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30 per cent of teenage girls in Coast are prostitutes, UN reports claims

By Mkamburi Mwawasi | Published Wed, August 1st 2018 at 00:00, Updated July 31st 2018 at 23:58 GMT +3
A sex worker stands next to a trailer as she waits for customers in Mtito Andei town along Mombasa road. [Boniface Okendo/Standard]

About 15,000 girls aged between 12 and 18 years, and who live at the Coast, are engaged in prostitution, a UN report has disclosed.

The new report on human trafficking, based on research findings concluded last May, further shows that the figure represents 30 per cent of all girls within the age bracket living in Diani, Kilifi, Malindi and Mombasa.

It indicates that many of the children are smuggled into the towns from within Coast and outside of the region to be exploited within the tourism industry.

Peak season

The report also shows that boys, bar staff and waiters are increasingly being roped into this tourism-fed prostitution, especially during the tourist peak season.

The research titled Assessment Report on Human Trafficking Situation in the Coastal Region of Kenya also warns that child sexual exploitation thrives because of "the complicity of a broad section of the local community" that promotes transactional sex, partly due to high poverty rates.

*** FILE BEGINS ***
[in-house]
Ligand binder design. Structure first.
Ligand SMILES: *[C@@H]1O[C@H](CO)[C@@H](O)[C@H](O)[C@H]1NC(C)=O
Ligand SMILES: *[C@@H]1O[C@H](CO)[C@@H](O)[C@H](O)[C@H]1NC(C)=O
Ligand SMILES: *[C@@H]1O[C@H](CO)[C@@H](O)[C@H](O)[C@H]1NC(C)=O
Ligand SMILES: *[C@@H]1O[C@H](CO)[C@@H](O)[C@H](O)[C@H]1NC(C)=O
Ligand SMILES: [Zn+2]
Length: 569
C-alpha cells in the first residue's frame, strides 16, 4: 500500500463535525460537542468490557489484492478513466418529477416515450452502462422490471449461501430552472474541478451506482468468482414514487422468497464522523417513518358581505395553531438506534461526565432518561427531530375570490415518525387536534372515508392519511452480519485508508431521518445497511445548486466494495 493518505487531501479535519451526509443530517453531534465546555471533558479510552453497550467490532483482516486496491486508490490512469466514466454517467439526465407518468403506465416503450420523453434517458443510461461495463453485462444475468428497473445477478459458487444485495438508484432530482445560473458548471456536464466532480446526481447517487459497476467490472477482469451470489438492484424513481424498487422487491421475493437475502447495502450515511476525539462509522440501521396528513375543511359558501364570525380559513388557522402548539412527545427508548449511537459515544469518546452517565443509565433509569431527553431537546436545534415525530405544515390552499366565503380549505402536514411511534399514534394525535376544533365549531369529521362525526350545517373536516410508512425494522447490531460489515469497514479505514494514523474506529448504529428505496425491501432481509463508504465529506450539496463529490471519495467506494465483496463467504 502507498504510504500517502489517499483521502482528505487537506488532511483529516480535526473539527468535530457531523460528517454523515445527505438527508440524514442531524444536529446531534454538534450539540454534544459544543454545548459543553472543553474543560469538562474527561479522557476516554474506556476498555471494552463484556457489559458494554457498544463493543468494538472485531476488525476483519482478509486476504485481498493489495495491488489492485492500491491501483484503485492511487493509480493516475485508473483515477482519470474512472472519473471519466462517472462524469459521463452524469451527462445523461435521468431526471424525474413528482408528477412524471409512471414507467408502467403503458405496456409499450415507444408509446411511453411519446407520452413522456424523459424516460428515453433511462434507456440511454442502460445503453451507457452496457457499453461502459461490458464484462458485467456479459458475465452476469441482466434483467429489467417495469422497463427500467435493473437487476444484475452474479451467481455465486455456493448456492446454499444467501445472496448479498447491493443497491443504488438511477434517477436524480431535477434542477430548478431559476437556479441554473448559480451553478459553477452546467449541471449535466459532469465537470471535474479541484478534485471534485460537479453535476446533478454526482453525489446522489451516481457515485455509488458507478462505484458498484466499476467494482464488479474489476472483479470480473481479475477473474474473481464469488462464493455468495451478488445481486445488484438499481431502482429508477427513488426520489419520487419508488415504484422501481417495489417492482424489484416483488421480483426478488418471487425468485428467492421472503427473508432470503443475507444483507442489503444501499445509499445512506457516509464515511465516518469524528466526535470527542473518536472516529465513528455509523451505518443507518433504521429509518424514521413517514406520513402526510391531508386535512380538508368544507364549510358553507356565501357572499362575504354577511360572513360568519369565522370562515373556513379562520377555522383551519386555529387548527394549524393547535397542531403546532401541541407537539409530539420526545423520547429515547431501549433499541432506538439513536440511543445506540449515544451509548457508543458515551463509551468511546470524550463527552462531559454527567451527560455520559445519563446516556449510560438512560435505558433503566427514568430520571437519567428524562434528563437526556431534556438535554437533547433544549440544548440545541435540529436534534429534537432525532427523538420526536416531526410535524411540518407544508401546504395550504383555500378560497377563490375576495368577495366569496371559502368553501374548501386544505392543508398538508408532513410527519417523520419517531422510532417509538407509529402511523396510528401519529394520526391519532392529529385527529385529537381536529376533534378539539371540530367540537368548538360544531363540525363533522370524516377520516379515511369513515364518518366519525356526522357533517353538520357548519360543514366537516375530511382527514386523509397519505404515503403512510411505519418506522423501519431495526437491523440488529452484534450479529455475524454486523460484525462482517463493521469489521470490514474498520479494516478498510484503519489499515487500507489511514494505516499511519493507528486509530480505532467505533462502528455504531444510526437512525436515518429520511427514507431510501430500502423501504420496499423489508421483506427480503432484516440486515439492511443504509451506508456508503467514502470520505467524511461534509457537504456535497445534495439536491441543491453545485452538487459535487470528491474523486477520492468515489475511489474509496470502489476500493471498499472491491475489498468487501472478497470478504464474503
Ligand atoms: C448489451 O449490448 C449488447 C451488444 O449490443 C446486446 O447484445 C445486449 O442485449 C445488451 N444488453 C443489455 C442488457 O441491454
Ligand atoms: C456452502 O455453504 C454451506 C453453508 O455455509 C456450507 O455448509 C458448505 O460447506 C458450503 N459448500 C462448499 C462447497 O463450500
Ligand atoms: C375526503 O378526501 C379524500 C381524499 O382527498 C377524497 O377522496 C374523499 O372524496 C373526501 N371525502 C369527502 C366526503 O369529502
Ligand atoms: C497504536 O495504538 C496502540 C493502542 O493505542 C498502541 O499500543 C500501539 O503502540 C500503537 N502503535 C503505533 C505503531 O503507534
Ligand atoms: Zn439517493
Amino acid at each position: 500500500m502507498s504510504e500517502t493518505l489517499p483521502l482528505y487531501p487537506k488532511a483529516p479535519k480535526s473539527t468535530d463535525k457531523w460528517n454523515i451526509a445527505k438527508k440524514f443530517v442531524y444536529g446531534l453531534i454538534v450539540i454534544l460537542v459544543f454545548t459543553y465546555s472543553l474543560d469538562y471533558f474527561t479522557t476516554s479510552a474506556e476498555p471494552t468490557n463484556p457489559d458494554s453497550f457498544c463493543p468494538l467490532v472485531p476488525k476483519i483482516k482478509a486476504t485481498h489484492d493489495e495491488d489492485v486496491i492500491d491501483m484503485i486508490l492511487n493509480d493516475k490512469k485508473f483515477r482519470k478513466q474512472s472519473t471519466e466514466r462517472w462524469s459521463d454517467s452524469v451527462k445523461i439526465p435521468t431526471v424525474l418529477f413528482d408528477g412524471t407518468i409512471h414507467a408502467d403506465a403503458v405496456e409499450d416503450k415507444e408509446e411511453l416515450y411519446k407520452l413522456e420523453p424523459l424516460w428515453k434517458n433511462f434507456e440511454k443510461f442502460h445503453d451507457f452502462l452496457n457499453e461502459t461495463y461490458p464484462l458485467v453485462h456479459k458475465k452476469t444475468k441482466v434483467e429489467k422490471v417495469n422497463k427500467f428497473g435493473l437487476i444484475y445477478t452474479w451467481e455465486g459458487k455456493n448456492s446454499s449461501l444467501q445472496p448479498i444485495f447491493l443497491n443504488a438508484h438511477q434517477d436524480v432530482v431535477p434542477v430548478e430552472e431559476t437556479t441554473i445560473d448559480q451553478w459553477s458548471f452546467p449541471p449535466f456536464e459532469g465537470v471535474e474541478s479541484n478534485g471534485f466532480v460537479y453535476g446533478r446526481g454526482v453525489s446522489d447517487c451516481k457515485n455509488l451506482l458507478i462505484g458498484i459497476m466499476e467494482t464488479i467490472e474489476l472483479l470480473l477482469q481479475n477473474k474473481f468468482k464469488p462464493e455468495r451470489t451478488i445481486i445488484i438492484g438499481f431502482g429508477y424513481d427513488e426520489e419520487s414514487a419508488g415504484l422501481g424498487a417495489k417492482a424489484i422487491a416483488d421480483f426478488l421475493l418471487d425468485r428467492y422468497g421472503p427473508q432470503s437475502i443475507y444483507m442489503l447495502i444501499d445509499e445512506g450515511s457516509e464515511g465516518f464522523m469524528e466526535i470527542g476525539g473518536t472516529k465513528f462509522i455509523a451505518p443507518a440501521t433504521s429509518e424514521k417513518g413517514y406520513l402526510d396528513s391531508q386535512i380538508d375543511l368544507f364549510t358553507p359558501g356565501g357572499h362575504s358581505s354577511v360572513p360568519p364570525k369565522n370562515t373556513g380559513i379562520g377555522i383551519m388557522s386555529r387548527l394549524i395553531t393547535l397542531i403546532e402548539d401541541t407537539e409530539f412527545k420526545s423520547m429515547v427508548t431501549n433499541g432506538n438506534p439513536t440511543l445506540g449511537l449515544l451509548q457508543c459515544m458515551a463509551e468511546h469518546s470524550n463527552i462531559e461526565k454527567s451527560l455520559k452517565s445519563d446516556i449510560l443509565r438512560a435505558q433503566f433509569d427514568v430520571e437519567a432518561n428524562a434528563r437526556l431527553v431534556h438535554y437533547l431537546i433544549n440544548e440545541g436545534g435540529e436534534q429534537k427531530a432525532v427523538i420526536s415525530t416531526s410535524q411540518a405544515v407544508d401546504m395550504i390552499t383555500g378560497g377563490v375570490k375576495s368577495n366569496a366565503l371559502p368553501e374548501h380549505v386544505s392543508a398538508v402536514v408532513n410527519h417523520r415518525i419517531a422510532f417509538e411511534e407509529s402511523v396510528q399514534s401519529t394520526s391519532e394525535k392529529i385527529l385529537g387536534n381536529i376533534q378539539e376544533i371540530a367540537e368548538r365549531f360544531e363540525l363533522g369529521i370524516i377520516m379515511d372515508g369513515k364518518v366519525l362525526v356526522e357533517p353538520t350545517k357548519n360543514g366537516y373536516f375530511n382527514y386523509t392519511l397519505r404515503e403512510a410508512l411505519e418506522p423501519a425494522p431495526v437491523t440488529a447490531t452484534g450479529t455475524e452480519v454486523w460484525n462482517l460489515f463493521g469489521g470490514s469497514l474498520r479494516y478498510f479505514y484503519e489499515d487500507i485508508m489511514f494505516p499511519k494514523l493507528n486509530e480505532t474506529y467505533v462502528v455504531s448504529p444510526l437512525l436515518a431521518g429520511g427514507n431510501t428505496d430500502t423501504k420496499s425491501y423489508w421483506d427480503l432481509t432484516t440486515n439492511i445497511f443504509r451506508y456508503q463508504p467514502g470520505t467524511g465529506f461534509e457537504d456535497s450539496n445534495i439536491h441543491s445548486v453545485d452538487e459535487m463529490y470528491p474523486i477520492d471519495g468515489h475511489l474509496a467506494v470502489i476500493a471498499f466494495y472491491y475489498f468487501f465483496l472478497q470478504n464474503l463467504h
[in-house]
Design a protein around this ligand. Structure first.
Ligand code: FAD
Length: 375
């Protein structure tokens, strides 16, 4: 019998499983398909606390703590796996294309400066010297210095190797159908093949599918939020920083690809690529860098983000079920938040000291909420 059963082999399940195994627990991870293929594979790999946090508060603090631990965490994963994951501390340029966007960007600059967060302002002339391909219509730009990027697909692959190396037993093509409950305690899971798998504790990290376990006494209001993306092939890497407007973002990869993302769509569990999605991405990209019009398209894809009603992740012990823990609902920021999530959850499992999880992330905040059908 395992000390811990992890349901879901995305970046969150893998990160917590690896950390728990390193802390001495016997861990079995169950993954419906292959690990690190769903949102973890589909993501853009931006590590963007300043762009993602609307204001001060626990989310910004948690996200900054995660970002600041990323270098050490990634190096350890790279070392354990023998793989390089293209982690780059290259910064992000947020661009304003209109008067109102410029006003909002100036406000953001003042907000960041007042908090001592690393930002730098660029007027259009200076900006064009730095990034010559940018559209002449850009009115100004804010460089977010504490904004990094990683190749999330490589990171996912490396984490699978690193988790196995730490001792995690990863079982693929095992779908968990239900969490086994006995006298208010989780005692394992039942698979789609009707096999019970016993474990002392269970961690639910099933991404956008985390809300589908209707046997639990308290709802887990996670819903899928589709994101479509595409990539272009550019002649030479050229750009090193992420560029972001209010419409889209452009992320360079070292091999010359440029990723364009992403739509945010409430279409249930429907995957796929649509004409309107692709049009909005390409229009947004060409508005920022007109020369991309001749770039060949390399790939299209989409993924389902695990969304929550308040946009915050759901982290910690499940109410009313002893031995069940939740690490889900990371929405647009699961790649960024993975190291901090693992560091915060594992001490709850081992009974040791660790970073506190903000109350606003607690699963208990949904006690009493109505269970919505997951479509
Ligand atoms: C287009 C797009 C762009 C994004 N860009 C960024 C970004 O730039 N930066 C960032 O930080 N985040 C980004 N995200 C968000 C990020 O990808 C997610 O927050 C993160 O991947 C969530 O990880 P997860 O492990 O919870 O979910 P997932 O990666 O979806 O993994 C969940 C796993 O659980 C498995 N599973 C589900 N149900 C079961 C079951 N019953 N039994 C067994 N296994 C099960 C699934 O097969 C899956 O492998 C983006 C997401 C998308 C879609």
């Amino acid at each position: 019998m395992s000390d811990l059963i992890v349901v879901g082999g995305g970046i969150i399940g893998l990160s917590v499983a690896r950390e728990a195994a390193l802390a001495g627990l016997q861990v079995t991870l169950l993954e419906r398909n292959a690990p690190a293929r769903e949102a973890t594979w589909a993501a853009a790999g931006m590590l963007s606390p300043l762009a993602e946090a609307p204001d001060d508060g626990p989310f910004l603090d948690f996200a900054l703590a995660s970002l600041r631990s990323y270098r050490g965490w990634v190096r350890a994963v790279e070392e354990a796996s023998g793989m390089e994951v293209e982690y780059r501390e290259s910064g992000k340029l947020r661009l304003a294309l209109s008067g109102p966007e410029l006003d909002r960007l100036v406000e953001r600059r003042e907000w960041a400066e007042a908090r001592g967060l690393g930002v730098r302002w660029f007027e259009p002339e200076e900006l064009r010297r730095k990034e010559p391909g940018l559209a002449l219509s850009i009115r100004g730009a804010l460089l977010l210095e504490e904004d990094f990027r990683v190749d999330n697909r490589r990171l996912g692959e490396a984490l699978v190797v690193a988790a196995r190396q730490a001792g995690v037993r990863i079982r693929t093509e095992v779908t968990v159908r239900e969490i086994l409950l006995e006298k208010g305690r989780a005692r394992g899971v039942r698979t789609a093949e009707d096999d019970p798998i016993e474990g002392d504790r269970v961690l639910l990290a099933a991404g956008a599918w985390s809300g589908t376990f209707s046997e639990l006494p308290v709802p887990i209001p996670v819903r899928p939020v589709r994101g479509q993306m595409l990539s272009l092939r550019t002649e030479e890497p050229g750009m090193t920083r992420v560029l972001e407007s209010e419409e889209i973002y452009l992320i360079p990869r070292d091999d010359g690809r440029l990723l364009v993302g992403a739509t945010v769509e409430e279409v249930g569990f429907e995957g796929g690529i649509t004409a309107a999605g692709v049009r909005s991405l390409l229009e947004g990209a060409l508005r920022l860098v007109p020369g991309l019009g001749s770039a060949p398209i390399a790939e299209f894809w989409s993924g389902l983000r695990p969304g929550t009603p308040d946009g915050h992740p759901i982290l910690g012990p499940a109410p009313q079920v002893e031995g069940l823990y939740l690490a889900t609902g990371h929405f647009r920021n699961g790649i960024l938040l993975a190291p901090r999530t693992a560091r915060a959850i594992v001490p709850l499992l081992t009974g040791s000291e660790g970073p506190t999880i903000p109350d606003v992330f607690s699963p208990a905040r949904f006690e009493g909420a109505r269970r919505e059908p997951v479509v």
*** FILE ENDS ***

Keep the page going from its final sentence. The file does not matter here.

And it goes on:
The report was released in Mombasa on World Day against trafficking in persons on Monday.

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It documents causes of human trafficking and smuggling at the Coast.

It also shows that Mombasa is a leading transit route for people smuggled from Ethiopia and Horn of Africa nations to Tanzania and other Southern African nations.

Although the main focus of the investigation was documentation of Kenyan victims of trafficking abroad, the report notes that trafficking also took place at the Coast, with the victims coming from the hinterland.

The report shows that sexual exploitation of men and women in unregulated cottages is a by-product of this migration.

"Girls in the coastal areas of Kenya are often recruited for jobs in the (Persian) Gulf through hair salons and restaurants, but are subsequently exploited on arrival," says the report.

In Coast, trafficking in persons is evident through the eyes of returnees from the Gulf countries.

The report recommended that the Government provides employment for the youth and any other income generating activities to end prostitution.

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